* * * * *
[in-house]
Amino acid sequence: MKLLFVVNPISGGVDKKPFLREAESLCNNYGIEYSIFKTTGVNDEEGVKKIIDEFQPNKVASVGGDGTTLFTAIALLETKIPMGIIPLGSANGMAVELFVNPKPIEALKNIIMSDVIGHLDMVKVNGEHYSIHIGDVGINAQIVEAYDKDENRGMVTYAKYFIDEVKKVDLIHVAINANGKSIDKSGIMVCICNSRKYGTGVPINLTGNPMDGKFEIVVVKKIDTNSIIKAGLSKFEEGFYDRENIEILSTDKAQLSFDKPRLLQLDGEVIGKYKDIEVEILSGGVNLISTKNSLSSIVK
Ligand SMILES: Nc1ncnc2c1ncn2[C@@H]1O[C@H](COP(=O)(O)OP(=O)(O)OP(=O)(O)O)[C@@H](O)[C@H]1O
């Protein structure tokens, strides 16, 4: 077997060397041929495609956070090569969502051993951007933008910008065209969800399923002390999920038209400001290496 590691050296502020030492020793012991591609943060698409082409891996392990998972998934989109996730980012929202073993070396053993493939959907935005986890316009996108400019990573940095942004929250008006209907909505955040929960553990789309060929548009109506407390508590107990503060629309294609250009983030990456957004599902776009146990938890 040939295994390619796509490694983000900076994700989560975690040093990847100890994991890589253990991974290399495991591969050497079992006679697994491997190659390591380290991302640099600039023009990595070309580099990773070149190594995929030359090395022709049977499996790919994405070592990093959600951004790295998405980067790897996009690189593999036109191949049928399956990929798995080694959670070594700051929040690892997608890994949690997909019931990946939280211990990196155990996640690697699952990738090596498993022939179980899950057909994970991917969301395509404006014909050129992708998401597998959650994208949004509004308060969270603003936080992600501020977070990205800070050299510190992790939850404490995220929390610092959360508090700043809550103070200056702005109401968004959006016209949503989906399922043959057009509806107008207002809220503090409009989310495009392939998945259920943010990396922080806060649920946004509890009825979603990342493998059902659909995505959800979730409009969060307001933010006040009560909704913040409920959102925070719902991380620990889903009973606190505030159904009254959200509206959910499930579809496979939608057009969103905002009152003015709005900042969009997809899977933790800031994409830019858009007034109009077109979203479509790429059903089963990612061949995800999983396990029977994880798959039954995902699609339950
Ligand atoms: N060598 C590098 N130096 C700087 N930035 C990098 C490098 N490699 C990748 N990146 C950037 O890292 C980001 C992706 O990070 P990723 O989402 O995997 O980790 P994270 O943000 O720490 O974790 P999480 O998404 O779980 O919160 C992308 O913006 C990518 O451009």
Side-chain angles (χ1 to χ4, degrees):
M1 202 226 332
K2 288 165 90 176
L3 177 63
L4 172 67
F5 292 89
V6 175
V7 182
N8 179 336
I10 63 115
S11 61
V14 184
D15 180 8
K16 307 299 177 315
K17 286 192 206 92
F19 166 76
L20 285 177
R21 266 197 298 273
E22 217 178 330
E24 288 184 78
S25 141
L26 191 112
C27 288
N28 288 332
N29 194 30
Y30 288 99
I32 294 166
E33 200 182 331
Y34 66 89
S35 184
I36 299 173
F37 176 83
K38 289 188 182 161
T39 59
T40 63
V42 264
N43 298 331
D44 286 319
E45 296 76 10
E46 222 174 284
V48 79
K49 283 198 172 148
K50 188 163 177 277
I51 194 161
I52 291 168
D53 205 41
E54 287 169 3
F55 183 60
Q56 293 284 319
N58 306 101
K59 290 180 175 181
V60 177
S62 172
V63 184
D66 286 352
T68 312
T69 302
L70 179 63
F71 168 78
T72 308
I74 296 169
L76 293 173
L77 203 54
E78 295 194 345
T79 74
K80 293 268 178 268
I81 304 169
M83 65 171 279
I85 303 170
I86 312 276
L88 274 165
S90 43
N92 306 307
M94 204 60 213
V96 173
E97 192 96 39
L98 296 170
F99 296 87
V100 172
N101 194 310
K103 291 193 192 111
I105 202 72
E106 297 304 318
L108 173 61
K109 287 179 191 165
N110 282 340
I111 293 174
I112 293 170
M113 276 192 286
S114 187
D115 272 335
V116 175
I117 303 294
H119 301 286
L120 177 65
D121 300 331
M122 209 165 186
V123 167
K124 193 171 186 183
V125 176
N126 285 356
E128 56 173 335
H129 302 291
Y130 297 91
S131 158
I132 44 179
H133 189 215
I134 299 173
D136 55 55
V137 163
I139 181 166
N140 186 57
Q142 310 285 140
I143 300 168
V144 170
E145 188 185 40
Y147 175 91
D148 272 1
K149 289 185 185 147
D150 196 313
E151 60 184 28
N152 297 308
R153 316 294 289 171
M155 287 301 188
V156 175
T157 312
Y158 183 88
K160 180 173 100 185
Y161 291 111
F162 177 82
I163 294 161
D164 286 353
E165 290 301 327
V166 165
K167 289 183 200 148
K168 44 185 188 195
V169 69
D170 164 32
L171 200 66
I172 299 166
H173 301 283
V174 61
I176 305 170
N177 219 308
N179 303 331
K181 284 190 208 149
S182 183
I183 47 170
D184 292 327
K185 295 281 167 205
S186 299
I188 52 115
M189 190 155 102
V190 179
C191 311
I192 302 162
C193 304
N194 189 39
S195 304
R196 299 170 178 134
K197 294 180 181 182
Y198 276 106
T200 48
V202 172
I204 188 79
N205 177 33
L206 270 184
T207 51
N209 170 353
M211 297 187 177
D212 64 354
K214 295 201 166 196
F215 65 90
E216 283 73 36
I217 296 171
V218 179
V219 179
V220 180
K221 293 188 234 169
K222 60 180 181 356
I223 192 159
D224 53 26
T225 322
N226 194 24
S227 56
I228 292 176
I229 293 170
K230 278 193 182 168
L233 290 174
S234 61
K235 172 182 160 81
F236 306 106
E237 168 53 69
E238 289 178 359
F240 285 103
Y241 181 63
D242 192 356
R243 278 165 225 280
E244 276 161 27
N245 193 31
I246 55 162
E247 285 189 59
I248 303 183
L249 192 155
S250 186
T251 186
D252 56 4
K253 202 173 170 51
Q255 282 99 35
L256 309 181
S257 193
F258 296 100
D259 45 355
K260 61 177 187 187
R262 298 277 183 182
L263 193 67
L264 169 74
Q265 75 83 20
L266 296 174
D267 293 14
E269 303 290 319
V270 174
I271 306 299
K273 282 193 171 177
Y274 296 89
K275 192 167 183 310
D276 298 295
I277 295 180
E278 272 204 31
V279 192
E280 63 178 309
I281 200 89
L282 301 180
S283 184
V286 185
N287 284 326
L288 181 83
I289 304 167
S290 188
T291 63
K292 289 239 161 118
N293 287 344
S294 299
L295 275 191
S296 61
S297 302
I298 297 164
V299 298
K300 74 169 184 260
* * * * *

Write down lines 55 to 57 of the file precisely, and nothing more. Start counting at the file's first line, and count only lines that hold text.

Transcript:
N58 306 101
K59 290 180 175 181
V60 177